First Year Transformation
Transforming the Early College Experience to Promote Success
Early Alert Expansion
UIC established its early alert system in 2014. The system was developed internally through Banner, the institution’s enterprise system, and targets high enrollment first-year courses, such as first-year math courses. Research suggests that when carefully constructed and implemented purposely, early alert systems can be helpful in increasing student retention and completion rates. Therefore, increasing the scope, in terms of the courses included and the types of alerts, could be very beneficial to students. The revision of the Early Alerts program aligns with UIC’s commitment to increase retention and completion outcomes among its students. This proposed, two-year project will extend and compliment the non-cognitive research and the CPS high school freshman on-track work to identify early impediments to success. Impediments to success can be both academic and non-academic. Academic impediments may include: credits, grades, class attendance, and dropping a class, while non-academic impediments may include: student account balances, lack of involvement in social activities, and off-campus employment hours worked. Research completed thus far addresses question such as, How many first year students receive early alerts and who were these students? What were the most common early alerts received by students? Which students are more likely to receive early alerts, and which students never received an alert and were academically dismissed? Are early alerts effective? Analyses are in progress to address non-academic impediments to success.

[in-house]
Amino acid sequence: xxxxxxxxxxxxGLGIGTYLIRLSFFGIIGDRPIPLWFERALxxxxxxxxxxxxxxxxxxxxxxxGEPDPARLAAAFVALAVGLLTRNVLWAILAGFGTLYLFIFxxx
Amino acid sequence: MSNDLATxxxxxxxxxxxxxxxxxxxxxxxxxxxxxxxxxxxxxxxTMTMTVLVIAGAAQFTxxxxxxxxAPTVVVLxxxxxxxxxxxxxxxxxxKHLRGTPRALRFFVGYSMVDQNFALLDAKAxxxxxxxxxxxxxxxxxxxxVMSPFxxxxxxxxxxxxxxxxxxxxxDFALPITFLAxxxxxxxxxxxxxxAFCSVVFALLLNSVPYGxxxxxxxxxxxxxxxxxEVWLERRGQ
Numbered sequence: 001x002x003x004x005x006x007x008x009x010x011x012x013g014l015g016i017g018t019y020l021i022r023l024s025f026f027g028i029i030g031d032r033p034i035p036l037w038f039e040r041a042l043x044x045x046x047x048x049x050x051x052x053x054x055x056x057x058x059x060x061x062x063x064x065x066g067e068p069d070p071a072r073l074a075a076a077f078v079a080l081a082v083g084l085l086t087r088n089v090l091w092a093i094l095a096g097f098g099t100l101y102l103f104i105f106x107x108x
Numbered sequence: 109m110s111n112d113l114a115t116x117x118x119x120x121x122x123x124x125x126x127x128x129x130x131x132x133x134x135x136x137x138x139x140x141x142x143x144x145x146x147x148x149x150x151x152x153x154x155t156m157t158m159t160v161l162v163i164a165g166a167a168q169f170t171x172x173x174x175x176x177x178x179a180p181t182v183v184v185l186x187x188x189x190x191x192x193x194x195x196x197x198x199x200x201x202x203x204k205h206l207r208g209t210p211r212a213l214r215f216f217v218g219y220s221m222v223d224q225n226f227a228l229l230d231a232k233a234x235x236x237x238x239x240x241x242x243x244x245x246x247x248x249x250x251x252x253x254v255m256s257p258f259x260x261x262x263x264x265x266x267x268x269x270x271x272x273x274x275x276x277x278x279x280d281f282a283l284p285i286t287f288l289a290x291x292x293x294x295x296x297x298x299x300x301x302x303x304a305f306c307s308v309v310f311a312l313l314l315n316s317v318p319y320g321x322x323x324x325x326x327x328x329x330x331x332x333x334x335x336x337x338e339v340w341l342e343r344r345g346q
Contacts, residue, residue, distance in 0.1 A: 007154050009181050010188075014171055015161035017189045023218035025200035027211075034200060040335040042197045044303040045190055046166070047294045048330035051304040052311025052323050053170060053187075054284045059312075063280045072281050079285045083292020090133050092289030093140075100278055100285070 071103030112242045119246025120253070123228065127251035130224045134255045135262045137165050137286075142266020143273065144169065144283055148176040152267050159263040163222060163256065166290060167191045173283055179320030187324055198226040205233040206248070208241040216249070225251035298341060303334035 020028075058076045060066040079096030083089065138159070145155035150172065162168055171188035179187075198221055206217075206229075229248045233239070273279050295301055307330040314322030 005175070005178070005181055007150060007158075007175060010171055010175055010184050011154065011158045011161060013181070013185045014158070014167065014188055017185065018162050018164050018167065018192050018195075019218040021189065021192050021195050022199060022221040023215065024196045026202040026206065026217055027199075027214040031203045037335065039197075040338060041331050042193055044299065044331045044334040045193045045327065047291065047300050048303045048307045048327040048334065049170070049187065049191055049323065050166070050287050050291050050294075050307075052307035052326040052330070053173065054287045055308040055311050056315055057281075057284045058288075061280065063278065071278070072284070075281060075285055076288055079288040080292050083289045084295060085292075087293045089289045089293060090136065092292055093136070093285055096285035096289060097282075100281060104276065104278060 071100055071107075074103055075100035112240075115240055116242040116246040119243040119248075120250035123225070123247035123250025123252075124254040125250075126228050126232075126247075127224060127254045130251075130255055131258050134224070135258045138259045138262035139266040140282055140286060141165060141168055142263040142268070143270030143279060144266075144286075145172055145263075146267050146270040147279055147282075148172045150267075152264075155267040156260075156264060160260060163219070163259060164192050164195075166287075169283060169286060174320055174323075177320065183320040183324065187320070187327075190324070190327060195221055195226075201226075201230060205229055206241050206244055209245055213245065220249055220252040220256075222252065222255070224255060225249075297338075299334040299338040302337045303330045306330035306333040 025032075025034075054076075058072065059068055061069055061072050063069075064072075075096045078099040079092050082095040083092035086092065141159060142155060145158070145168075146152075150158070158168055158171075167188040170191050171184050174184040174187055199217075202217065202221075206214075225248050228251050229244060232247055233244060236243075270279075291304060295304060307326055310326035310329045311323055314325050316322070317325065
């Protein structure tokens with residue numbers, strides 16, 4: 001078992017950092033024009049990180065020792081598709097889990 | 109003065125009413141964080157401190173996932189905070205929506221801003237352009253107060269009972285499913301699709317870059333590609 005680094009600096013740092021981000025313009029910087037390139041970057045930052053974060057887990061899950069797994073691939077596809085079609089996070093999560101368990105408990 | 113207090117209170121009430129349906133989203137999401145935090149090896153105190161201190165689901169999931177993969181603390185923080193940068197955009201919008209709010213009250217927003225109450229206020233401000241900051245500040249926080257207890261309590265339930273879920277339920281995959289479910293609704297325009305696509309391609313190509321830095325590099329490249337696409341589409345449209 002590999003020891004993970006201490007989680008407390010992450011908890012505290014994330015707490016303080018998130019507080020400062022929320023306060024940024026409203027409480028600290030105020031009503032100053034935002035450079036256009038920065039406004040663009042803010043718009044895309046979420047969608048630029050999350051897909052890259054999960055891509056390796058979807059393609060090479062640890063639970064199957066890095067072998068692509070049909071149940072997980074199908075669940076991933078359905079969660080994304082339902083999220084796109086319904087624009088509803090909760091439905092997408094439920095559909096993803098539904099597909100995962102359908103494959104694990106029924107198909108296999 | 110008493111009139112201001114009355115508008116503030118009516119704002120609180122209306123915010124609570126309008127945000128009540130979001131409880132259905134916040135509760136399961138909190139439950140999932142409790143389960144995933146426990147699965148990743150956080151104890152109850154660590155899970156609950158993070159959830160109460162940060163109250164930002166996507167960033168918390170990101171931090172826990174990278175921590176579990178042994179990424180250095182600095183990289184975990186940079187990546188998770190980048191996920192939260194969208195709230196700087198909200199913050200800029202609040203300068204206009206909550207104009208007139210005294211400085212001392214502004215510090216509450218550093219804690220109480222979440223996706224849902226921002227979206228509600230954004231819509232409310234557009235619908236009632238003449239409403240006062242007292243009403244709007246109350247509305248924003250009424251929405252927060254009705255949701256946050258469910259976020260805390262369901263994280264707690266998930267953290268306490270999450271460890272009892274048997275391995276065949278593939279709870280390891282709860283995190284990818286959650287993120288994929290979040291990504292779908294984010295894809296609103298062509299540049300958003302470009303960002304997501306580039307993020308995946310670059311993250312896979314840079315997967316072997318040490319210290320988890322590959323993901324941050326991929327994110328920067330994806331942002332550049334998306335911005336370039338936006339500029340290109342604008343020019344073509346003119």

First-Year Seminar Expansion
UIC has an array of first-year seminars offered by various departments, though all generally facilitating the transition to college for incoming students. To date, the first-year seminar project has involved (a) looking at the first-year seminar cohorts in recent years at UIC to discern patterns in retention and graduation, and (b) examining literature in higher education, seminar programs at other universities, and UIC seminar practices in order to identify trends and best practices. This research is now being applied to support efforts to expand the number of students taking a first-year seminar and to encourage further development of the seminar program, including incorporation of best practices in regard to teaching, learning outcomes, and assessment.
Noncognitive Student Profile Tool
Based on previous research conducted by the Office for Research on Student Success (ORSS) at UIC, student noncognitive factors, such as academic mindset, learning strategies and perseverance, have been shown to be associated with important outcomes, such as grades, credits earned, and retention. In order to better understand college student success and enhance the way students are advised in the first year of college, ORSS is conducting additional research to identify which noncognitive skills assessed pre-matriculation are the best predictors of success in the UIC context. In addition, a student noncognitive profile tool has been developed for advisors to integrate the research findings into their advising practices. This tool will help advisors to see, at a glance, student strengths and areas of growth, allowing them to tailor support to each student’s unique needs.